Remember how, in Clueless, Alicia Silverstone’s character Cher fails her driver’s test after nearly killing a biker and scraping her car alongside several parked cars? And then how she asks, “Do you think I should write them a note?” as she drives away? And then how, at the climax of the movie, her friend Tai (Brittany Murphy) calls her “a virgin who can’t drive” and it is just the harshest burn?
Well, that was a fictionalized version of the ‘90s, and this is now. Things are different.
Young people are not getting driver’s licenses so much anymore. In fact, no one is. According to a new study by Michael Sivak and Brandon Schoettle at the University of Michigan Transportation Research Institute, the percentage of people with a driver’s license decreased between 2011 and 2014, across all age groups. For people aged 16 to 44, that percentage has been decreasing steadily since 1983.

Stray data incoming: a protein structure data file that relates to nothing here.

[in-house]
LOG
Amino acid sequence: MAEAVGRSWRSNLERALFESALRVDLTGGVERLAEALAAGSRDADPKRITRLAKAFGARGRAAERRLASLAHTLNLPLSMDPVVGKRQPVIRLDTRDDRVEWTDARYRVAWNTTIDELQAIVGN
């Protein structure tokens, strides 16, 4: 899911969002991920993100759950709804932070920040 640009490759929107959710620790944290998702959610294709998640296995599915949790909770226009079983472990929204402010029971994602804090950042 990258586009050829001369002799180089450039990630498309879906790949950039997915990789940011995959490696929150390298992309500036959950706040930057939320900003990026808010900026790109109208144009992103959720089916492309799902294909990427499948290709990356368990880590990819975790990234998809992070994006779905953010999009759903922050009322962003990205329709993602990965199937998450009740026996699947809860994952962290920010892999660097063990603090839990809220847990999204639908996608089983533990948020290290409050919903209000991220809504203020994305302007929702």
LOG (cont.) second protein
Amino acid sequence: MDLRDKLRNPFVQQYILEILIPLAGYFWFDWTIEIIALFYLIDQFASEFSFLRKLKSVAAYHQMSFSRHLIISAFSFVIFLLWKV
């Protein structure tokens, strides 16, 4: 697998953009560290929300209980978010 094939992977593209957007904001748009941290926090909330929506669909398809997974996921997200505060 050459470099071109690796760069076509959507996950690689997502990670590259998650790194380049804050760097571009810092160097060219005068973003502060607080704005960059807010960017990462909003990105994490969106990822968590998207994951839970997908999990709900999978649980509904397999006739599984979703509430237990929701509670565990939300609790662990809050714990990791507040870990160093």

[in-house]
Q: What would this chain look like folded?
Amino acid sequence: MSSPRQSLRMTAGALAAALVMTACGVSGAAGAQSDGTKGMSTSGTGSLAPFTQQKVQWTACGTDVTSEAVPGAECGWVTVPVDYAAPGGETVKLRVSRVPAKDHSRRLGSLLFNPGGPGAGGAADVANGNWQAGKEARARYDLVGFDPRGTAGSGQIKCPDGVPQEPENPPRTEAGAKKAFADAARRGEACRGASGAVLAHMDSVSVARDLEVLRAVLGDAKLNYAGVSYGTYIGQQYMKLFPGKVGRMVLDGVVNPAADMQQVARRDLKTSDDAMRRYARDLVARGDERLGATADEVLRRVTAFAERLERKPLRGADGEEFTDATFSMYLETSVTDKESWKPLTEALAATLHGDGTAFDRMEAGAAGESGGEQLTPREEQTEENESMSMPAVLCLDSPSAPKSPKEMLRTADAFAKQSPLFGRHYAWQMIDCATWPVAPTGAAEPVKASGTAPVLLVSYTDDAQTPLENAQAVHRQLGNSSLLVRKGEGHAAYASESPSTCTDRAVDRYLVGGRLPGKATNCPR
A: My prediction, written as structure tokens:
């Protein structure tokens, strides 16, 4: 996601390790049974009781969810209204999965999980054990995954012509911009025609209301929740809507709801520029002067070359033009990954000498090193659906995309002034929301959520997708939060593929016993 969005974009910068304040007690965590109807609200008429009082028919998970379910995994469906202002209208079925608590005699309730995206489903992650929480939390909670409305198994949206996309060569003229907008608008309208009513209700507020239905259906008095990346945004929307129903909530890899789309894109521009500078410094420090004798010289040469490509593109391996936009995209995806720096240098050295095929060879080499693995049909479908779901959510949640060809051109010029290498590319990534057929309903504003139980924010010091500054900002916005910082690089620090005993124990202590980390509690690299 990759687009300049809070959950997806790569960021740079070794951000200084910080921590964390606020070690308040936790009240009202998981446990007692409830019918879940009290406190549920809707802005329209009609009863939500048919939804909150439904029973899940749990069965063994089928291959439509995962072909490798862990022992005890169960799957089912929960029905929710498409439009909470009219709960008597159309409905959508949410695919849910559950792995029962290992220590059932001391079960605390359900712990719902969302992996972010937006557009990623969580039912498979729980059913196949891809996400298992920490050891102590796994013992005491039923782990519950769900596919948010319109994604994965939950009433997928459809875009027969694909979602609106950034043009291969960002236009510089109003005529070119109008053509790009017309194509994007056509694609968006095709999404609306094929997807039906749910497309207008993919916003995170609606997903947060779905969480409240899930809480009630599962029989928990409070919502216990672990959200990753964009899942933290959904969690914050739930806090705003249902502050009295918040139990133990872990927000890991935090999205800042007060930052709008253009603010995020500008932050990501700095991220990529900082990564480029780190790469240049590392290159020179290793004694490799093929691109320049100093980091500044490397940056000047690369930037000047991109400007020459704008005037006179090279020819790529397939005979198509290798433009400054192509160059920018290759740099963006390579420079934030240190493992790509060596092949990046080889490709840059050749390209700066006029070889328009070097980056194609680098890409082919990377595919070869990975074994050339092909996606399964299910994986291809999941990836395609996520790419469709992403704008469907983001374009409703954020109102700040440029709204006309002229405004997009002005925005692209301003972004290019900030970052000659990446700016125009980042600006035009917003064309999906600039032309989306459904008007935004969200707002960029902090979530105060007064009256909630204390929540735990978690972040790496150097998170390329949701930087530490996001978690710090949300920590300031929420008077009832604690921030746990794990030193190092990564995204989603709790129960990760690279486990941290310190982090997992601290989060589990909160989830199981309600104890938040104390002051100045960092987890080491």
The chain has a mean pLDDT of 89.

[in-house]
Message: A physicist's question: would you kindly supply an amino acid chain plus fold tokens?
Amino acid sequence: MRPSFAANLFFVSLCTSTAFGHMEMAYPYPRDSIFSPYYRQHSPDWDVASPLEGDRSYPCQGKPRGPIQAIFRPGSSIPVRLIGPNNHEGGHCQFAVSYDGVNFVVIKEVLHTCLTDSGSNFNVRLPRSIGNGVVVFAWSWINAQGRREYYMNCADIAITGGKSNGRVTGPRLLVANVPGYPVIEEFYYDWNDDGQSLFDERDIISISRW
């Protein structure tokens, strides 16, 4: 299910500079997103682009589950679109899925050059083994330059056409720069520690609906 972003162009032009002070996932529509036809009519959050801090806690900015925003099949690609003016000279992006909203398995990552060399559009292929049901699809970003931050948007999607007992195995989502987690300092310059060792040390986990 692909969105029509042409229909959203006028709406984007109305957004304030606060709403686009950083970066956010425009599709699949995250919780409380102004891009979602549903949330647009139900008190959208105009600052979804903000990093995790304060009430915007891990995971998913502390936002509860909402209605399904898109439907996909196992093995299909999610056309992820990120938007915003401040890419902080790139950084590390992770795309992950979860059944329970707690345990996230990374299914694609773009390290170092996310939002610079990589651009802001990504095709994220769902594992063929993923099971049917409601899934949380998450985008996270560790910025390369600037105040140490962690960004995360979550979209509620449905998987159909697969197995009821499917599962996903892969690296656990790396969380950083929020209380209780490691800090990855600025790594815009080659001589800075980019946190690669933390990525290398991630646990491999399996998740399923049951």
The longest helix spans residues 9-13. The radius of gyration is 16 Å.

It’s especially pronounced for the teens—in 2014, just 24.5 percent of 16-year-olds had a license, a 47-percent decrease from 1983, when 46.2 percent did. And at the tail end of the teen years, 69 percent of 19-year-olds had licenses in 2014, compared to 87.3 percent in 1983, a 21-percent decrease.
Among young adults, the declines are smaller but still significant—16.4 percent fewer 20-to-24-year-olds had licenses in 2014 than in 1983, 11 percent fewer 25-to-29-year-olds, 10.3 percent fewer 30-to-34-year-olds, and 7.4 percent fewer 35-to-39-year-olds. For people between 40 and 54, the declines were small, less than 5 percent.